Green Planet Blues: Environmental Politics from Stockholm to Tyoto

By Ken Conca; Geoffrey D. Dabelko et al. | Go to book overview

THOMAS F. HOMER-DIXON



Environmental Scarcities and Violent Conflict: Evidence from Cases

Within the next fifty years, the planet's human population will probably pass nine billion, and global economic output may quintuple. Largely as a result, scarcities of renewable resources will increase sharply. The total area of highquality agricultural land will drop, as will the extent of forests and the number of species they sustain. Coming generations will also see the widespread depletion and degradation of aquifers, rivers, and other water resources; the decline of many fisheries; and perhaps significant climate change.

If such "environmental scarcities" become severe, could they precipitate violent civil or international conflict? I have previously surveyed the issues and evidence surrounding this question and proposed an agenda for further research. 1 Here I report the results of an international research project guided by this agenda. 2 . . .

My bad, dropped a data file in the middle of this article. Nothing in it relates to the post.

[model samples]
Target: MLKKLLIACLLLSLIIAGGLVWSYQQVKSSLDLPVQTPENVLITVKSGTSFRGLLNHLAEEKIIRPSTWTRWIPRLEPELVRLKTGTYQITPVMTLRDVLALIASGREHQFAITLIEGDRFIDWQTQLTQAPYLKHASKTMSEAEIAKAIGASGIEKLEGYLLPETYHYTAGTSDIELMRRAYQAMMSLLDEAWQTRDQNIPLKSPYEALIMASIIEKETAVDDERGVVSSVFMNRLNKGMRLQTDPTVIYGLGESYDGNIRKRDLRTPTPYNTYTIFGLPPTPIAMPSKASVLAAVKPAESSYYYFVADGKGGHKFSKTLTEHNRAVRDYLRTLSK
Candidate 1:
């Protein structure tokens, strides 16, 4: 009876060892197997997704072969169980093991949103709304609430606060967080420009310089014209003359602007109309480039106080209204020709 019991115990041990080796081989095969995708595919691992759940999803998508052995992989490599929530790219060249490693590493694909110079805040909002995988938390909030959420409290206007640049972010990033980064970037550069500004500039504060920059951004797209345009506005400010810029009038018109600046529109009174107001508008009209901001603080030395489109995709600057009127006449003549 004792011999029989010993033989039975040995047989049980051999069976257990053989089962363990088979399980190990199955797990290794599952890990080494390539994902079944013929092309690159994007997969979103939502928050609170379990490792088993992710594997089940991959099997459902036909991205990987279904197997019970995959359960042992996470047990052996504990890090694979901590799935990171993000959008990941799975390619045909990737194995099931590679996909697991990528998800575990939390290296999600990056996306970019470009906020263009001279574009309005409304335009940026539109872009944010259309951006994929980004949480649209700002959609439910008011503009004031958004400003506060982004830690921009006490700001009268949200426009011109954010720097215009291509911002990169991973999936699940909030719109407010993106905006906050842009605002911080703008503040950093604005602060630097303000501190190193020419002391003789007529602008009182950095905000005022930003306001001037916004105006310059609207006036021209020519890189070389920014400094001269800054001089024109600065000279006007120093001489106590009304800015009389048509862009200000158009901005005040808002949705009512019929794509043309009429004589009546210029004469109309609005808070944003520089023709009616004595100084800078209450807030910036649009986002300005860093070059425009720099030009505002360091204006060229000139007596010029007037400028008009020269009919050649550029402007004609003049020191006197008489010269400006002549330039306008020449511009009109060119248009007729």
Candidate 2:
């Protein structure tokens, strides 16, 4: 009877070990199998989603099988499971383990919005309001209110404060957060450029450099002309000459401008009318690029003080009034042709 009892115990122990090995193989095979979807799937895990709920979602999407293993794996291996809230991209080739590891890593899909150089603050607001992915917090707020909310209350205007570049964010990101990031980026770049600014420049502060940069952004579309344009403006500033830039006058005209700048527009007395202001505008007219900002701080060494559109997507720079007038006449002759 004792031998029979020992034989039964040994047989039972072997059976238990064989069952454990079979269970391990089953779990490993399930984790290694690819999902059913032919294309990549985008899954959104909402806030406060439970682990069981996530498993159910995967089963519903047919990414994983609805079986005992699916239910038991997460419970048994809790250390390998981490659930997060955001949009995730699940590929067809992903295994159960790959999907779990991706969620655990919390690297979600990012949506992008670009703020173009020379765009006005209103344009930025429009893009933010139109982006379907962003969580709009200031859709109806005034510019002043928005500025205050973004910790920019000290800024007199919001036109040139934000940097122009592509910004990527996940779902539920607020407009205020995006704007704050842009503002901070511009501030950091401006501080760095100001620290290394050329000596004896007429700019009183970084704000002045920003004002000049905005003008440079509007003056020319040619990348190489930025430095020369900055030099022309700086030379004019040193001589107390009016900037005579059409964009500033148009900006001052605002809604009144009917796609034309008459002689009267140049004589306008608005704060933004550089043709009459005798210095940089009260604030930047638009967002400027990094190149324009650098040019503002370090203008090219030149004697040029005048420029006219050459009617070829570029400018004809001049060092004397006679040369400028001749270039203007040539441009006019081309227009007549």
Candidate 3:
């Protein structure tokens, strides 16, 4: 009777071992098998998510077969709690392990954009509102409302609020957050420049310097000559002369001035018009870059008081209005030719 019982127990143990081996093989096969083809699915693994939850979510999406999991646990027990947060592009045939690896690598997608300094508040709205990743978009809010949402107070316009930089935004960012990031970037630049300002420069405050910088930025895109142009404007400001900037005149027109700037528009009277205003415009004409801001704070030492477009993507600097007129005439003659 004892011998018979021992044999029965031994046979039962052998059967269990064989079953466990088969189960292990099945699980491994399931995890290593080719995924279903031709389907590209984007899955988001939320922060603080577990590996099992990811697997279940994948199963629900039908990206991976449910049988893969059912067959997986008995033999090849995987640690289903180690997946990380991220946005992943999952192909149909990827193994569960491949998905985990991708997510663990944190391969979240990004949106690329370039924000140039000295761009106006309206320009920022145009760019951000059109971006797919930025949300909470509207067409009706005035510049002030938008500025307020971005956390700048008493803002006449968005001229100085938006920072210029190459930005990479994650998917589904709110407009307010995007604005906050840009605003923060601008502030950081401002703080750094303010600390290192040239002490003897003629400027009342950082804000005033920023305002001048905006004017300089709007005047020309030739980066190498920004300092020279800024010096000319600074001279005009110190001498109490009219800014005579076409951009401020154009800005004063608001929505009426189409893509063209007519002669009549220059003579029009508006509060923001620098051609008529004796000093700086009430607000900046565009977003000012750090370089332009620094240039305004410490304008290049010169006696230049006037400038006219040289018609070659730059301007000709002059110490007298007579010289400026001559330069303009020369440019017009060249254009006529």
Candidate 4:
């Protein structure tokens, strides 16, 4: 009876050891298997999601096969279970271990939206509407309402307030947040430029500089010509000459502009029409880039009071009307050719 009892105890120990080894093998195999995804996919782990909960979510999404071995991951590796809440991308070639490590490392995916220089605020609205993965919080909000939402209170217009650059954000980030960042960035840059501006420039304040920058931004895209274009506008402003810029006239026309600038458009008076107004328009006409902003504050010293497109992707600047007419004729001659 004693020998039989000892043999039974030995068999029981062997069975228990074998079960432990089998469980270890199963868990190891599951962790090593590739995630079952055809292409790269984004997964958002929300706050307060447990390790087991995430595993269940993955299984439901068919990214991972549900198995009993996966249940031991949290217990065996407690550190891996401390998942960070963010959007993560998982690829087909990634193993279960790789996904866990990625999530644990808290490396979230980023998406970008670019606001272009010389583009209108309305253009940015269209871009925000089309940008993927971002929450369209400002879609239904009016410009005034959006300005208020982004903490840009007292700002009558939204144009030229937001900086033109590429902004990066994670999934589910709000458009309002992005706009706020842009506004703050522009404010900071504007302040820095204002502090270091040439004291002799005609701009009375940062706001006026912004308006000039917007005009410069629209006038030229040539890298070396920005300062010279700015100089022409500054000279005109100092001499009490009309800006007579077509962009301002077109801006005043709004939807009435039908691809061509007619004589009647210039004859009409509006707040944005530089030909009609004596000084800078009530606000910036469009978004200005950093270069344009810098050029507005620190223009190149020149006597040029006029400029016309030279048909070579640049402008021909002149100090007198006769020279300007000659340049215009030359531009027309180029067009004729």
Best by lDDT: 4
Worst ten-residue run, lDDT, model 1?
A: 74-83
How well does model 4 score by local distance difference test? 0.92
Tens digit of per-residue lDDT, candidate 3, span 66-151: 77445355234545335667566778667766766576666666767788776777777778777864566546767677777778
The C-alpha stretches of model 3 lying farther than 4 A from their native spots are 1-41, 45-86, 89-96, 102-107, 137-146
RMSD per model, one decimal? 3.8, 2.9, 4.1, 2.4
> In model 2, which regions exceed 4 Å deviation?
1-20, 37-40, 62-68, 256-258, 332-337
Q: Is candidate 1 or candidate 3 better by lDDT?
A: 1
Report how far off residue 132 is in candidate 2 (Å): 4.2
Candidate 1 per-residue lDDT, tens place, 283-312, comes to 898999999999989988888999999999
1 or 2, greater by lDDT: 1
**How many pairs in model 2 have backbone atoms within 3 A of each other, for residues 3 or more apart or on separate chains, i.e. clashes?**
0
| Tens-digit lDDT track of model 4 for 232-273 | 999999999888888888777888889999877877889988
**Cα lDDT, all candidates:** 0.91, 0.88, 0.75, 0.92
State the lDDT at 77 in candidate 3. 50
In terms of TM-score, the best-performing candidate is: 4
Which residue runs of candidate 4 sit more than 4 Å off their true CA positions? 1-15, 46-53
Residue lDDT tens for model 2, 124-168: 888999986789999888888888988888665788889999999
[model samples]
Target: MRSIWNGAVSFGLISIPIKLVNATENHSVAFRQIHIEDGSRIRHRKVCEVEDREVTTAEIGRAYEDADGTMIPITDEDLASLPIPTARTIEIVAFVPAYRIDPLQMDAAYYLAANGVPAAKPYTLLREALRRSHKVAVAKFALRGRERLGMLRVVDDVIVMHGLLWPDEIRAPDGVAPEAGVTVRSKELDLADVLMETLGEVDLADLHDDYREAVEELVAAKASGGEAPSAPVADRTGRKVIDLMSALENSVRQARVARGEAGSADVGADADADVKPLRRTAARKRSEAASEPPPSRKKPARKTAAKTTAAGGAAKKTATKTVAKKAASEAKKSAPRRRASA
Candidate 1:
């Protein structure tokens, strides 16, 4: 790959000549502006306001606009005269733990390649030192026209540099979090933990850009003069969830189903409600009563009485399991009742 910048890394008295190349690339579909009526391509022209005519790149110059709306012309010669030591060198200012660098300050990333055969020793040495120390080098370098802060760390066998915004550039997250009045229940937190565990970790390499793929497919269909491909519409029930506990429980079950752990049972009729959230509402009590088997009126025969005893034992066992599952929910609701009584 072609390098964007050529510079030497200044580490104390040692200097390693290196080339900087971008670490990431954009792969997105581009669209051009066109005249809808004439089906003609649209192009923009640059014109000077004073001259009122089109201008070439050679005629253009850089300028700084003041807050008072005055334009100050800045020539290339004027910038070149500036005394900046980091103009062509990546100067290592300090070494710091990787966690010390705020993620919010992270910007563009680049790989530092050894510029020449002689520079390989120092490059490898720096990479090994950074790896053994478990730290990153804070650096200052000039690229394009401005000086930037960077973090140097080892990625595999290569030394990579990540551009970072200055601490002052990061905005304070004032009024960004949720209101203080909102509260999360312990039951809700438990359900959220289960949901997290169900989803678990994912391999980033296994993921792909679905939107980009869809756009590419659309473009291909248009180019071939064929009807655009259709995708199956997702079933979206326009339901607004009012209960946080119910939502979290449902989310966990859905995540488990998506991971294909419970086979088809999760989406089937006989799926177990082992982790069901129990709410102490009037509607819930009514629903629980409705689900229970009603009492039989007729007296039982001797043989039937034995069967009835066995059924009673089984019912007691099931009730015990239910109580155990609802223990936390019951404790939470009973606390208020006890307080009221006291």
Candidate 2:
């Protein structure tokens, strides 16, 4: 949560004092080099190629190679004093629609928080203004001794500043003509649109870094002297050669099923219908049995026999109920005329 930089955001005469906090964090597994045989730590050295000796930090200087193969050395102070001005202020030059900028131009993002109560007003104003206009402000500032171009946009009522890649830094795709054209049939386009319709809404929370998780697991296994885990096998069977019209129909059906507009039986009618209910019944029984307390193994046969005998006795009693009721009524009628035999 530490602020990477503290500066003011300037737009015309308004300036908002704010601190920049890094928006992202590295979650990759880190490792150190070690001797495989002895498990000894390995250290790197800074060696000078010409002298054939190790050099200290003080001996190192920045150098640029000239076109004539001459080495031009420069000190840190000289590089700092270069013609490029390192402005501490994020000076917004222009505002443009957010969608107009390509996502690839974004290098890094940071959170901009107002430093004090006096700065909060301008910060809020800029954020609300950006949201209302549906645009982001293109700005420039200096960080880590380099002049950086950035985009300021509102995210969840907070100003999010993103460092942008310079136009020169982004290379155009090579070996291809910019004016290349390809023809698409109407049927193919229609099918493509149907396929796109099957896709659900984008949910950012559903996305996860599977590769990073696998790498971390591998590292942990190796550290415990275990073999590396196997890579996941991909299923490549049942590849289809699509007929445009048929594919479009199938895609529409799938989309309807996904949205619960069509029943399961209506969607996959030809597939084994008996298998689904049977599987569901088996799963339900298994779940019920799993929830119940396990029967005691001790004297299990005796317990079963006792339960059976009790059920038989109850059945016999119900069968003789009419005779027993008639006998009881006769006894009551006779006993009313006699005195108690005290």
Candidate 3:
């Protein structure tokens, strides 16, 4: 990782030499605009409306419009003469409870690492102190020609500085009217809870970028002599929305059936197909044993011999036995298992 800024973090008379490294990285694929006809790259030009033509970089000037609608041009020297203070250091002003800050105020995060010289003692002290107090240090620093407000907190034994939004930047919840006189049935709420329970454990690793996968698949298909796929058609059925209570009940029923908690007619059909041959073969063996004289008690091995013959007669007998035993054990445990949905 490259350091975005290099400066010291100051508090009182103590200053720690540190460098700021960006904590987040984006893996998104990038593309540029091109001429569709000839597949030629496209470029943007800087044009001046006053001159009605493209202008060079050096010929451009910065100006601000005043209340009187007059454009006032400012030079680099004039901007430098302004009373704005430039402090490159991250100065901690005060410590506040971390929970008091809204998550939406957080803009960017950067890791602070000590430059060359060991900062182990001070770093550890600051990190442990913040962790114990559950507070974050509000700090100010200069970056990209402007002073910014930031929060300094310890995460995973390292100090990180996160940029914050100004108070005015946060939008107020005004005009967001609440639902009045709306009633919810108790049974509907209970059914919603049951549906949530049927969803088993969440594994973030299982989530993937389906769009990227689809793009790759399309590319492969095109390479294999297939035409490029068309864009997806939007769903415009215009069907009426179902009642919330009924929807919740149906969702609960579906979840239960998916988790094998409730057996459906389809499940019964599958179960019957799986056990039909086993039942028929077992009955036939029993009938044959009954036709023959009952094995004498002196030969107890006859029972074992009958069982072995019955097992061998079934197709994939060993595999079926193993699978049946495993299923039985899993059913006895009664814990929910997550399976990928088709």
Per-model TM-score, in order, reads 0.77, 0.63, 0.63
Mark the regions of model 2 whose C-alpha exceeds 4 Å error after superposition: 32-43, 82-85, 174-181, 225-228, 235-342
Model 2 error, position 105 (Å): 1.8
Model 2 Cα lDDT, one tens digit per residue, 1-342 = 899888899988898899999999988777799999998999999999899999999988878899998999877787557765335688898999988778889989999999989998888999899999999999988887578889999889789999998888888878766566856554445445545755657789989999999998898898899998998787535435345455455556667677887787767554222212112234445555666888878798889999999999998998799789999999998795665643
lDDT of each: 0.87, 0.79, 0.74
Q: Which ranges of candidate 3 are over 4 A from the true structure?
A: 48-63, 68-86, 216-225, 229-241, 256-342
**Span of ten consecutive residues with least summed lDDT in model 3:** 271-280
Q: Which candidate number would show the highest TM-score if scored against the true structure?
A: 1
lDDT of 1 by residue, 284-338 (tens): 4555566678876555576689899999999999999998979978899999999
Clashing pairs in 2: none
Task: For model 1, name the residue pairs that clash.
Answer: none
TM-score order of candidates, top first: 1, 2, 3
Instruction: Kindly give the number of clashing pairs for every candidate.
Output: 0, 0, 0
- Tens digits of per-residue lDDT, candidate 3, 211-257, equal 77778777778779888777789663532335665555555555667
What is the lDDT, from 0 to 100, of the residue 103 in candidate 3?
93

In brief, our research showed that environmental scarcities are already contributing to violent conflicts in many parts of the developing world. These conflicts are probably the early signs of an upsurge of violence in the coming decades that will be induced or aggravated by scarcity. The violence will usually be sub-

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Abridged article reprinted from International Security 19, no. 1 ( 1994):5-40 by permission of MIT Press, Cambridge, Massachusetts. © 1994 The President and Fellows of Harvard College and the Massachusetts Institute of Technology.

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